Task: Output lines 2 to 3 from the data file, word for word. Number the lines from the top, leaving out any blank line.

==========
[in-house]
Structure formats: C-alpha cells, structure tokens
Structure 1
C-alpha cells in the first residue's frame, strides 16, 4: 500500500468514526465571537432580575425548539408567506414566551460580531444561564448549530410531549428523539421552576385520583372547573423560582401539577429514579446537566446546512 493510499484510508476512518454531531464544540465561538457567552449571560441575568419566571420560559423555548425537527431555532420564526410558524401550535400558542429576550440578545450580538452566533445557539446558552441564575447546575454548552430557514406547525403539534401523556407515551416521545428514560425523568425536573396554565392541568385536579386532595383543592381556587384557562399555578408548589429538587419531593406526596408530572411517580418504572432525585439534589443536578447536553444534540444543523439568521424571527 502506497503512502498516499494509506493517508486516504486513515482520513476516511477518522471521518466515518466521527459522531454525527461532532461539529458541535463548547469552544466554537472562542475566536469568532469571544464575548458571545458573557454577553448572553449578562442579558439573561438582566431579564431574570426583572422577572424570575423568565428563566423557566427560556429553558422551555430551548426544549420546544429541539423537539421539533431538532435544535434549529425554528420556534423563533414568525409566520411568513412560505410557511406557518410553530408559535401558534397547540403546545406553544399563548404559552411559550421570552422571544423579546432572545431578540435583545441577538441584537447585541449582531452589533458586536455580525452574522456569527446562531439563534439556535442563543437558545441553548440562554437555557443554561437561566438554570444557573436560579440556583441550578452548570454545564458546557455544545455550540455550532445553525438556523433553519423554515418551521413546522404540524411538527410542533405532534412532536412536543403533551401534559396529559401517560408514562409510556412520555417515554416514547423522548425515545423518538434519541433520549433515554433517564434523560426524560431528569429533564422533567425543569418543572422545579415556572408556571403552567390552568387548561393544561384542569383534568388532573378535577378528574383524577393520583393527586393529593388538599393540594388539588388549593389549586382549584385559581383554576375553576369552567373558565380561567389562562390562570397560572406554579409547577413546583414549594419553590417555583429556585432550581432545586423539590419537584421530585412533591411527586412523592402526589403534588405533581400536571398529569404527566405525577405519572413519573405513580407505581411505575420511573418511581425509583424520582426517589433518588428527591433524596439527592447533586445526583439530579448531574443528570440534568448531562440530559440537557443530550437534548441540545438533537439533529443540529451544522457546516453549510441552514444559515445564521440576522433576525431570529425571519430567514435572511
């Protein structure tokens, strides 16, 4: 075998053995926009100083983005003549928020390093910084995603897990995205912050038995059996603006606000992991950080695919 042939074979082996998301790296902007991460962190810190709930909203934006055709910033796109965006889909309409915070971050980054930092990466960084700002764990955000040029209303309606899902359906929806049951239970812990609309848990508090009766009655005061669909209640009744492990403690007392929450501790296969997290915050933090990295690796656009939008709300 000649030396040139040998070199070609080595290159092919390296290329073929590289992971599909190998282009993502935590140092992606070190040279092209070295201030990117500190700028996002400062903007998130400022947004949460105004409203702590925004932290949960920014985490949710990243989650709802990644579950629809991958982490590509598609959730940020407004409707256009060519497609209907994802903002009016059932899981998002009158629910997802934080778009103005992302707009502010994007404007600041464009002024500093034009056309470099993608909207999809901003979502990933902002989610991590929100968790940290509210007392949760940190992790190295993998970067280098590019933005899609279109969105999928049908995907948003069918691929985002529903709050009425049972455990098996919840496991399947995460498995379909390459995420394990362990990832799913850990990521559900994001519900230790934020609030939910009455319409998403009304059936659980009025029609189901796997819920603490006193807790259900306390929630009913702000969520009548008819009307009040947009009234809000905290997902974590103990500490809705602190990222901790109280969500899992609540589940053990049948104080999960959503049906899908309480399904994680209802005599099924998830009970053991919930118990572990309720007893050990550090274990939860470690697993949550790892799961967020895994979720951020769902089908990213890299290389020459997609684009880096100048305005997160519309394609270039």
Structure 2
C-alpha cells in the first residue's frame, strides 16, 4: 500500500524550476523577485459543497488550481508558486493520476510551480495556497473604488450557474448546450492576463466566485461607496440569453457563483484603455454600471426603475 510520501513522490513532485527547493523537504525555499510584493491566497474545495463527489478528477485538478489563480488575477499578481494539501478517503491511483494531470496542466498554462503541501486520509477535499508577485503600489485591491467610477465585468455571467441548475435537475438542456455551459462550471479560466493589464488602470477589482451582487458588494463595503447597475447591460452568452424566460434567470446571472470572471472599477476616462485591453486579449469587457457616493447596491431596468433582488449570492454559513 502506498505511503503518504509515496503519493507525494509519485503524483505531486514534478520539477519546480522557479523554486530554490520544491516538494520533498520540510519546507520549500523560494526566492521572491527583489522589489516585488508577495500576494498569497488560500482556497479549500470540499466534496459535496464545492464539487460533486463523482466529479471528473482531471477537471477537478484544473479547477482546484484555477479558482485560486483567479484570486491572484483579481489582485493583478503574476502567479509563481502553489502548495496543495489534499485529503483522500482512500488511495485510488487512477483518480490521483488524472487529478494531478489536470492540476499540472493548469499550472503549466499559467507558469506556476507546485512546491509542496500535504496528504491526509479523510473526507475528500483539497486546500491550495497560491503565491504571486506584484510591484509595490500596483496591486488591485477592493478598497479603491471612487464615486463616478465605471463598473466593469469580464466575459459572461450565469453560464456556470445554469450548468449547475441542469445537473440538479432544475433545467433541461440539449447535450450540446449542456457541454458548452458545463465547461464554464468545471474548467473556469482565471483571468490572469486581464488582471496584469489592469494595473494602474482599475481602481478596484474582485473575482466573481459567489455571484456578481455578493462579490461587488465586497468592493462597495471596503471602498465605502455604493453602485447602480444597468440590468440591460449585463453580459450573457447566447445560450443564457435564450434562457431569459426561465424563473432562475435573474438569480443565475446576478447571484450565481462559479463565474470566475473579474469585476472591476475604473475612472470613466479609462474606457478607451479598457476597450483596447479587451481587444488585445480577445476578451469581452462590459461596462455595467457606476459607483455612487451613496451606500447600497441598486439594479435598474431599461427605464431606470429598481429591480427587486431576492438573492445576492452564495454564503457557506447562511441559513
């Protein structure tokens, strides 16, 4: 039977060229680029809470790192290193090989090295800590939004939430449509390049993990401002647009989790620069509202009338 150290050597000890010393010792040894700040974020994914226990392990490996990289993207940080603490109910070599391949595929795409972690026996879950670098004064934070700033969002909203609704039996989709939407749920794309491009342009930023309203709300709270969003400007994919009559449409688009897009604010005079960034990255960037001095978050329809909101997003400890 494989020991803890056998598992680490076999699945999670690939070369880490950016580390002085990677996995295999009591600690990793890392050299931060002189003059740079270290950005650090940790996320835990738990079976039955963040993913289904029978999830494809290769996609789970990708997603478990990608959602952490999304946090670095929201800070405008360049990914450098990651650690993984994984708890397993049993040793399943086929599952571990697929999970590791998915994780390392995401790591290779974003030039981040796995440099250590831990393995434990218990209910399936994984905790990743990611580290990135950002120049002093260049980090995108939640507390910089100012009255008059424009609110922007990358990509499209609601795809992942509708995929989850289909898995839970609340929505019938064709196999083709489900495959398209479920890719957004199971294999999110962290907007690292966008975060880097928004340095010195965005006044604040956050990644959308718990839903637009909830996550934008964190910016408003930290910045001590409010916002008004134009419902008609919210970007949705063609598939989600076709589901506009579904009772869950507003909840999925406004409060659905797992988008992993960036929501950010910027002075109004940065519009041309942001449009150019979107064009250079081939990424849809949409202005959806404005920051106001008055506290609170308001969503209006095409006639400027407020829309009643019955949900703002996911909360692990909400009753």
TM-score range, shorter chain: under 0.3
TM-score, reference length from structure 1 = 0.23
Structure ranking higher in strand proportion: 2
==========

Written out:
Structure formats: C-alpha cells, structure tokens
Structure 1